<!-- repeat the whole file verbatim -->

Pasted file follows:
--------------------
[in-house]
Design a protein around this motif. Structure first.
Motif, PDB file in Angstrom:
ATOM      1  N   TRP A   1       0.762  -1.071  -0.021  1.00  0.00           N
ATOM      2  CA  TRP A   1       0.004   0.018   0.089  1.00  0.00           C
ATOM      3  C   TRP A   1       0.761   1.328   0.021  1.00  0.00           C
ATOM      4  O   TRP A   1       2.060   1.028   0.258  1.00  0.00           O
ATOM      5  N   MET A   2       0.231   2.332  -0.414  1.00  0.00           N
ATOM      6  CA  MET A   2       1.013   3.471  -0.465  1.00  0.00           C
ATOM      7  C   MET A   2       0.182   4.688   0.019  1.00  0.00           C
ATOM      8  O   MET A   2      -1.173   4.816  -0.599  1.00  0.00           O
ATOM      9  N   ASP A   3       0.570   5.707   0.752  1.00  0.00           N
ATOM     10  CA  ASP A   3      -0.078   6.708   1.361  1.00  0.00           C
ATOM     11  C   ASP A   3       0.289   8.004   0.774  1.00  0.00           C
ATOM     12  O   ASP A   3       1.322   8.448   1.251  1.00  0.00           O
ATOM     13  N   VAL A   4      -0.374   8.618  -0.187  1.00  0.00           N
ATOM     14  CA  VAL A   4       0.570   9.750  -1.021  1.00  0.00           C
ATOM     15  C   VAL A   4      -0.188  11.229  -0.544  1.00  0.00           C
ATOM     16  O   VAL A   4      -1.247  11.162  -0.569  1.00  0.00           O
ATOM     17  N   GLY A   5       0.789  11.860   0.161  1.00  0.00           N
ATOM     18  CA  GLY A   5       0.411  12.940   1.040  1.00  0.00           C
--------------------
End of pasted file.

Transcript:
[in-house]
Design a protein around this motif. Structure first.
Motif, PDB file in Angstrom:
ATOM      1  N   TRP A   1       0.762  -1.071  -0.021  1.00  0.00           N
ATOM      2  CA  TRP A   1       0.004   0.018   0.089  1.00  0.00           C
ATOM      3  C   TRP A   1       0.761   1.328   0.021  1.00  0.00           C
ATOM      4  O   TRP A   1       2.060   1.028   0.258  1.00  0.00           O
ATOM      5  N   MET A   2       0.231   2.332  -0.414  1.00  0.00           N
ATOM      6  CA  MET A   2       1.013   3.471  -0.465  1.00  0.00           C
ATOM      7  C   MET A   2       0.182   4.688   0.019  1.00  0.00           C
ATOM      8  O   MET A   2      -1.173   4.816  -0.599  1.00  0.00           O
ATOM      9  N   ASP A   3       0.570   5.707   0.752  1.00  0.00           N
ATOM     10  CA  ASP A   3      -0.078   6.708   1.361  1.00  0.00           C
ATOM     11  C   ASP A   3       0.289   8.004   0.774  1.00  0.00           C
ATOM     12  O   ASP A   3       1.322   8.448   1.251  1.00  0.00           O
ATOM     13  N   VAL A   4      -0.374   8.618  -0.187  1.00  0.00           N
ATOM     14  CA  VAL A   4       0.570   9.750  -1.021  1.00  0.00           C
ATOM     15  C   VAL A   4      -0.188  11.229  -0.544  1.00  0.00           C
ATOM     16  O   VAL A   4      -1.247  11.162  -0.569  1.00  0.00           O
ATOM     17  N   GLY A   5       0.789  11.860   0.161  1.00  0.00           N
ATOM     18  CA  GLY A   5       0.411  12.940   1.040  1.00  0.00           C